A. PROBATION PERIOD
1. The purpose of the probation period is to provide assurance that the person employed can satisfactorily fulfill the demands of the position. All employees at the time of their appointment to the City of Bloomington shall serve a probationary period of four (4) months. During the probationary period, the employee shall have all the rights of other employees except the right to transfer to a different department.
2. If it is decided at any time before or at the end of the probationary period that the employee has not had sufficient time to satisfactorily complete the probationary period, it may be extended for up to two (2) months by written agreement between the employee and the Director of Human Resources.
3. If it is decided at any time during the probationary period not to continue the new staff member's employment, the Employment Coordinator for the Department of Human Resources should be contacted to determine other job opportunities in work better suited to the individual before separation from employment is considered.
4. At the end of the probationary period, the employee shall become a regular employee of the City of Bloomington.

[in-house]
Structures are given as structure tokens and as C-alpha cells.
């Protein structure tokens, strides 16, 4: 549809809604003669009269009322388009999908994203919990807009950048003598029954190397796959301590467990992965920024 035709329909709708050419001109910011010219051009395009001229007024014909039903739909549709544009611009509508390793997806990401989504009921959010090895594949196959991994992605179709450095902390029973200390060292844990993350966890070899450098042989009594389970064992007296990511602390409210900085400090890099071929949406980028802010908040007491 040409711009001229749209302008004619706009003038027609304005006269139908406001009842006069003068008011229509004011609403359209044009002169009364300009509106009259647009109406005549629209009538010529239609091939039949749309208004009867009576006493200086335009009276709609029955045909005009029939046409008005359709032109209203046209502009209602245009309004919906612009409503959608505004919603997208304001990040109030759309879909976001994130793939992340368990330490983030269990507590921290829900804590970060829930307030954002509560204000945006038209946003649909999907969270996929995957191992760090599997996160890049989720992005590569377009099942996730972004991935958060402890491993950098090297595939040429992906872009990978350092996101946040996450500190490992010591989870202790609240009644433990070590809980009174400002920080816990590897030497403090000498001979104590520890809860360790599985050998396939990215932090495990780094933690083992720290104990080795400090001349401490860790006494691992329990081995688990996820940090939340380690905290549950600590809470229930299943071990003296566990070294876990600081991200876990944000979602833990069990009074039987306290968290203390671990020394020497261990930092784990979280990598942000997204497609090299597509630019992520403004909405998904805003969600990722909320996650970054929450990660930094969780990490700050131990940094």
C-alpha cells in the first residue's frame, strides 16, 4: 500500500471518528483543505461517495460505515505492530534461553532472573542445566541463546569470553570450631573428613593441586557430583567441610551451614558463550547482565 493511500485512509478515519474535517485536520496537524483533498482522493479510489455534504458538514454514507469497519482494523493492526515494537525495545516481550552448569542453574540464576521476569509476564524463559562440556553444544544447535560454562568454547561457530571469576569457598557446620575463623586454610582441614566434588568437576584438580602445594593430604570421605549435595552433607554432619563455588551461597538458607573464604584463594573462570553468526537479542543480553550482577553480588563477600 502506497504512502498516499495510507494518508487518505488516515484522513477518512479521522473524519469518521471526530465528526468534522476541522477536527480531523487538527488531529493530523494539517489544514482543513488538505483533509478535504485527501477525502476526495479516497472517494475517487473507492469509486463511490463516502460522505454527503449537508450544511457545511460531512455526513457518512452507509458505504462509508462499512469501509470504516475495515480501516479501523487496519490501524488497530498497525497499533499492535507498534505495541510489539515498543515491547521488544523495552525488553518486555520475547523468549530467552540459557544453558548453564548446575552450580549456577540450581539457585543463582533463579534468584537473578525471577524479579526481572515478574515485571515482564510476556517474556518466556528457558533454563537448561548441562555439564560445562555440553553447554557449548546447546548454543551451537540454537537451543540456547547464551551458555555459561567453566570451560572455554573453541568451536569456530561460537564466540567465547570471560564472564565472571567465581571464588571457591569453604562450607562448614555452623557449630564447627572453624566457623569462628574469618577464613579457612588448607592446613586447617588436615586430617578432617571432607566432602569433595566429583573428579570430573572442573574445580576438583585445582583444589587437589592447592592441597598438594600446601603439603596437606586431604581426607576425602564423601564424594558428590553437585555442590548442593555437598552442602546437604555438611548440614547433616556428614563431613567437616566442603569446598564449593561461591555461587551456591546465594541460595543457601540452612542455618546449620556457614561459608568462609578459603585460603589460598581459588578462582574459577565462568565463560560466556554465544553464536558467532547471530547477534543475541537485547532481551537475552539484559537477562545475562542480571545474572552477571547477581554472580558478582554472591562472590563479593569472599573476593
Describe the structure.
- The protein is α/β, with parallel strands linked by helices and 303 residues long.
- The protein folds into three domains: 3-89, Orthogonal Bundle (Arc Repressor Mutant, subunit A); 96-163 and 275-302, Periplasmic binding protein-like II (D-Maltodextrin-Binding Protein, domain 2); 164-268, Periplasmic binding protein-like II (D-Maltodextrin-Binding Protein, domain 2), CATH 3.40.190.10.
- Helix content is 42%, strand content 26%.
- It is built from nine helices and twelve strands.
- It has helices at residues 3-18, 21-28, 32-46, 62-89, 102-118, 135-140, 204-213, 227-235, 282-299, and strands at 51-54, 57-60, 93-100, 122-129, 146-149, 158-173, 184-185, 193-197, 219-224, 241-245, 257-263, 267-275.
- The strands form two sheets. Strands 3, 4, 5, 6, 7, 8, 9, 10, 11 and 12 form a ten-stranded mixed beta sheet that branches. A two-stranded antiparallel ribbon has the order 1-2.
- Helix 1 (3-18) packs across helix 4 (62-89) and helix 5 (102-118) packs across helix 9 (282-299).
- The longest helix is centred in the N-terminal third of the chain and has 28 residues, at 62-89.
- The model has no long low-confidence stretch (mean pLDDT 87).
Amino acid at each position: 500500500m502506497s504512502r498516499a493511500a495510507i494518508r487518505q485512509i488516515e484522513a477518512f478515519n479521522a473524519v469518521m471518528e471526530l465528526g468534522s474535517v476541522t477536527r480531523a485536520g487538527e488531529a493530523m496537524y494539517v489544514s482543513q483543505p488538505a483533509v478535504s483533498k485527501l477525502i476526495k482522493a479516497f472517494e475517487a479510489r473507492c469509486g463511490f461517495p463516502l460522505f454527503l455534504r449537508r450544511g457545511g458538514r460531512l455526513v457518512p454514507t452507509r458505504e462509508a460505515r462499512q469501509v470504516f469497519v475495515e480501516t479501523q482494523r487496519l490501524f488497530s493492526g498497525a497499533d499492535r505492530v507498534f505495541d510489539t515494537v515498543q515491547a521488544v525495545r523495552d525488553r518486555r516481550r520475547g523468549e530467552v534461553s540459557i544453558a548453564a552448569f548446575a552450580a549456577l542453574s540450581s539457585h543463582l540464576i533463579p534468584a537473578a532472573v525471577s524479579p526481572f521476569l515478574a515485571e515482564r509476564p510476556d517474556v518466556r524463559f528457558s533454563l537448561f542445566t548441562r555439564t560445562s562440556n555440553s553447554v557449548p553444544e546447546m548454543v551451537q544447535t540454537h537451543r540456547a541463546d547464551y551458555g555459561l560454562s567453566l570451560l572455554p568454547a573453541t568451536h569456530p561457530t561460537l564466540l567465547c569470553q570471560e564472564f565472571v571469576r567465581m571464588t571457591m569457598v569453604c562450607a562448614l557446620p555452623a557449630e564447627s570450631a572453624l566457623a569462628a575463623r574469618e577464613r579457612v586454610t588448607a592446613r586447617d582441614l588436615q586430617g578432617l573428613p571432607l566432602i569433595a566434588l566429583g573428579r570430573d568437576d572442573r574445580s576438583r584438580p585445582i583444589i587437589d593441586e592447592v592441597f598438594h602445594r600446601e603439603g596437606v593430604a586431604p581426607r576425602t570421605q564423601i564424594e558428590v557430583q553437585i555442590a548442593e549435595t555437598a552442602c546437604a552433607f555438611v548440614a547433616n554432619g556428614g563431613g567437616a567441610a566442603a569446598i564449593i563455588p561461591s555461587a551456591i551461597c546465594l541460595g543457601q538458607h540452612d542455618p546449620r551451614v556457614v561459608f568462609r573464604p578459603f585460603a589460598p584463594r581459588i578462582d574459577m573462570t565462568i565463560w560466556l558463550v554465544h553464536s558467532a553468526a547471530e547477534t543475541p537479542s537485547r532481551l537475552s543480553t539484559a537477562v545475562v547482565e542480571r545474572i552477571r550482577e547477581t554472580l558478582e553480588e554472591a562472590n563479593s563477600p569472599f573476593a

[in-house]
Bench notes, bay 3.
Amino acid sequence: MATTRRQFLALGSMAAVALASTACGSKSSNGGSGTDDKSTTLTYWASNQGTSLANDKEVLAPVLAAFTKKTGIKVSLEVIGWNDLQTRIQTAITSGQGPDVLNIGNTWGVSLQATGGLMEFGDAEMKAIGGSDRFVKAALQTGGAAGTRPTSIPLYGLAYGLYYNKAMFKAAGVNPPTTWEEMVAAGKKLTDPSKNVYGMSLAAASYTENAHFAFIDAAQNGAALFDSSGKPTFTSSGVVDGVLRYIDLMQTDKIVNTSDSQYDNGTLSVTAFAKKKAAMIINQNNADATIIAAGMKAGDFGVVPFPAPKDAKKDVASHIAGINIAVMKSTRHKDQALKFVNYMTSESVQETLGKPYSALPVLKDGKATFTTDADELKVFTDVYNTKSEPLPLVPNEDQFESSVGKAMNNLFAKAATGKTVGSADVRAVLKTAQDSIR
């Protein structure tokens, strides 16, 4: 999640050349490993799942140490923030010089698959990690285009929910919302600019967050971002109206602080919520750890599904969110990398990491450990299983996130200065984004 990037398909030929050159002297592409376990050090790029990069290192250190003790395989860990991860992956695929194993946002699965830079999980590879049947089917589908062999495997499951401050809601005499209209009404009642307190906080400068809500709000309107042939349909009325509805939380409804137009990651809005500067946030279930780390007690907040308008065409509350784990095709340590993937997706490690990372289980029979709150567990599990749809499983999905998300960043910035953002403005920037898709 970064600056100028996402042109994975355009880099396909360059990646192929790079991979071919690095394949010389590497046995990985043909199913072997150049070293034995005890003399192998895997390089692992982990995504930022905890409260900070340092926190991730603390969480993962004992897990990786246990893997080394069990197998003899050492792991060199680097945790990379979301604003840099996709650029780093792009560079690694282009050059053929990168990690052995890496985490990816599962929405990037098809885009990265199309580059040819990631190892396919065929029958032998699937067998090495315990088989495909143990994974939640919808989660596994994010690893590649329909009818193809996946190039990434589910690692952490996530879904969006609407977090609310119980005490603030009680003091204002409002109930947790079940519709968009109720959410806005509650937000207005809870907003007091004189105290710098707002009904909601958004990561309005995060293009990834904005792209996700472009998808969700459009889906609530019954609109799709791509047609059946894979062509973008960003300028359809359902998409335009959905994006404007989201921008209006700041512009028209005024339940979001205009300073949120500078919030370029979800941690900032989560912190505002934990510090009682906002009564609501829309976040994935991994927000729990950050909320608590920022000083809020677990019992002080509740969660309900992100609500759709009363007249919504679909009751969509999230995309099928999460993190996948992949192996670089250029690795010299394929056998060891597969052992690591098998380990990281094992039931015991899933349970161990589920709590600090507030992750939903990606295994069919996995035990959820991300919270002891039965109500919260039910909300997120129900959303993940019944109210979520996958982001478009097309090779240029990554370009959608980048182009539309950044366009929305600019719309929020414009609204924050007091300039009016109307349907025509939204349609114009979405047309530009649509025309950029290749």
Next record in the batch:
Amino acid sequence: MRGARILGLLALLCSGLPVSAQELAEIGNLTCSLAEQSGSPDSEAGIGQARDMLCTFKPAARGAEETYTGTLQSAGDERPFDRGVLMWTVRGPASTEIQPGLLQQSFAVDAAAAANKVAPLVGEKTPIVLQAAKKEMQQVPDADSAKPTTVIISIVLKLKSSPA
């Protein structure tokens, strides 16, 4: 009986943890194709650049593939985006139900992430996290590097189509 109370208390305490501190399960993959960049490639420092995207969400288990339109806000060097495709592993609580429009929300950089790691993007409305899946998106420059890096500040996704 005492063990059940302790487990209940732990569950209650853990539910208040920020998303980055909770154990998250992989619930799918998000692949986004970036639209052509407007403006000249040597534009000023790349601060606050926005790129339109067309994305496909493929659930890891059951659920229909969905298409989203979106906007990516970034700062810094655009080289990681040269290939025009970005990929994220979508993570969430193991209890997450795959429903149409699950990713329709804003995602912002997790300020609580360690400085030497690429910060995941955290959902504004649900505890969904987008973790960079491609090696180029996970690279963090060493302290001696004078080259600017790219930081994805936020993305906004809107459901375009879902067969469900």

5. Failure of an employee to satisfactorily complete the probationary period may be independent cause for termination.
B. TWO-MONTH EVALUATION
To assist the new employee in satisfactorily completing the probationary period, the employee's supervisor shall give the employee a written evaluation after two months which will make clear to the employee any areas in which the employee's performance is not satisfactory and shall suggest specific methods by which the employee can improve.
1. There should be a joint effort by the employee and the employee's supervisor to identify the employee's training and development needs for current job responsibilities and for positions reasonably anticipated to become available and for which the employee qualifies or could become qualified.
2. Employees are encouraged to undertake continuous skills development and take advantage of training opportunities, programs and classes offered through the Department of Human Resources.
3. Attendance at training and development programs is to be approved by the employee's immediate supervisor.